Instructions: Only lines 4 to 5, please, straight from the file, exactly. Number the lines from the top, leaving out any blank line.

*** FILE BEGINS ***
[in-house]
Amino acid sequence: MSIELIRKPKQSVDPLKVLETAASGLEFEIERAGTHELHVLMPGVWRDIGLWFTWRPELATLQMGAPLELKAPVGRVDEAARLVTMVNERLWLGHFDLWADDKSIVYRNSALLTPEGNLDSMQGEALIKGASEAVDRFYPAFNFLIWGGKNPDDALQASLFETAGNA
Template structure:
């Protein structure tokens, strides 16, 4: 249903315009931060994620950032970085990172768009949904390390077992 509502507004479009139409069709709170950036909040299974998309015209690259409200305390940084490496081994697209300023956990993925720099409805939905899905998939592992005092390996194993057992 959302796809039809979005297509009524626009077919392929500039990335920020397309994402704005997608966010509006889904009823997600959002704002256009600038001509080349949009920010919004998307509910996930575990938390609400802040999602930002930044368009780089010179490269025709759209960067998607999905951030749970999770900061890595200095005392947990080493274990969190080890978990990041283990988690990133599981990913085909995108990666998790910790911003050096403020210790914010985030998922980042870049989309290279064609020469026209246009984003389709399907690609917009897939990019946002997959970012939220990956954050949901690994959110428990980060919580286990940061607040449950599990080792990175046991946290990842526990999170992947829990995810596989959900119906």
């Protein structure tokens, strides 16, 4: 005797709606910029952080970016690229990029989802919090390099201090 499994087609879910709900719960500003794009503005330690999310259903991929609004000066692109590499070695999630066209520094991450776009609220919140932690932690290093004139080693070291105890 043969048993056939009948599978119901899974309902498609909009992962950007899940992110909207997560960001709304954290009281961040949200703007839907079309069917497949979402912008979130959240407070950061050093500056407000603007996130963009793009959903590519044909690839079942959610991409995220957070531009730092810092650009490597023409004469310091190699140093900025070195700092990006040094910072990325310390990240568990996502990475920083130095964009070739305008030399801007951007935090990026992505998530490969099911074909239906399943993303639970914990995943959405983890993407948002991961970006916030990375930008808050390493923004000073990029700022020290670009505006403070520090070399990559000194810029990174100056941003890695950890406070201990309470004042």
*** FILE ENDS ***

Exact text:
């Protein structure tokens, strides 16, 4: 249903315009931060994620950032970085990172768009949904390390077992 509502507004479009139409069709709170950036909040299974998309015209690259409200305390940084490496081994697209300023956990993925720099409805939905899905998939592992005092390996194993057992 959302796809039809979005297509009524626009077919392929500039990335920020397309994402704005997608966010509006889904009823997600959002704002256009600038001509080349949009920010919004998307509910996930575990938390609400802040999602930002930044368009780089010179490269025709759209960067998607999905951030749970999770900061890595200095005392947990080493274990969190080890978990990041283990988690990133599981990913085909995108990666998790910790911003050096403020210790914010985030998922980042870049989309290279064609020469026209246009984003389709399907690609917009897939990019946002997959970012939220990956954050949901690994959110428990980060919580286990940061607040449950599990080792990175046991946290990842526990999170992947829990995810596989959900119906």
């Protein structure tokens, strides 16, 4: 005797709606910029952080970016690229990029989802919090390099201090 499994087609879910709900719960500003794009503005330690999310259903991929609004000066692109590499070695999630066209520094991450776009609220919140932690932690290093004139080693070291105890 043969048993056939009948599978119901899974309902498609909009992962950007899940992110909207997560960001709304954290009281961040949200703007839907079309069917497949979402912008979130959240407070950061050093500056407000603007996130963009793009959903590519044909690839079942959610991409995220957070531009730092810092650009490597023409004469310091190699140093900025070195700092990006040094910072990325310390990240568990996502990475920083130095964009070739305008030399801007951007935090990026992505998530490969099911074909239906399943993303639970914990995943959405983890993407948002991961970006916030990375930008808050390493923004000073990029700022020290670009505006403070520090070399990559000194810029990174100056941003890695950890406070201990309470004042």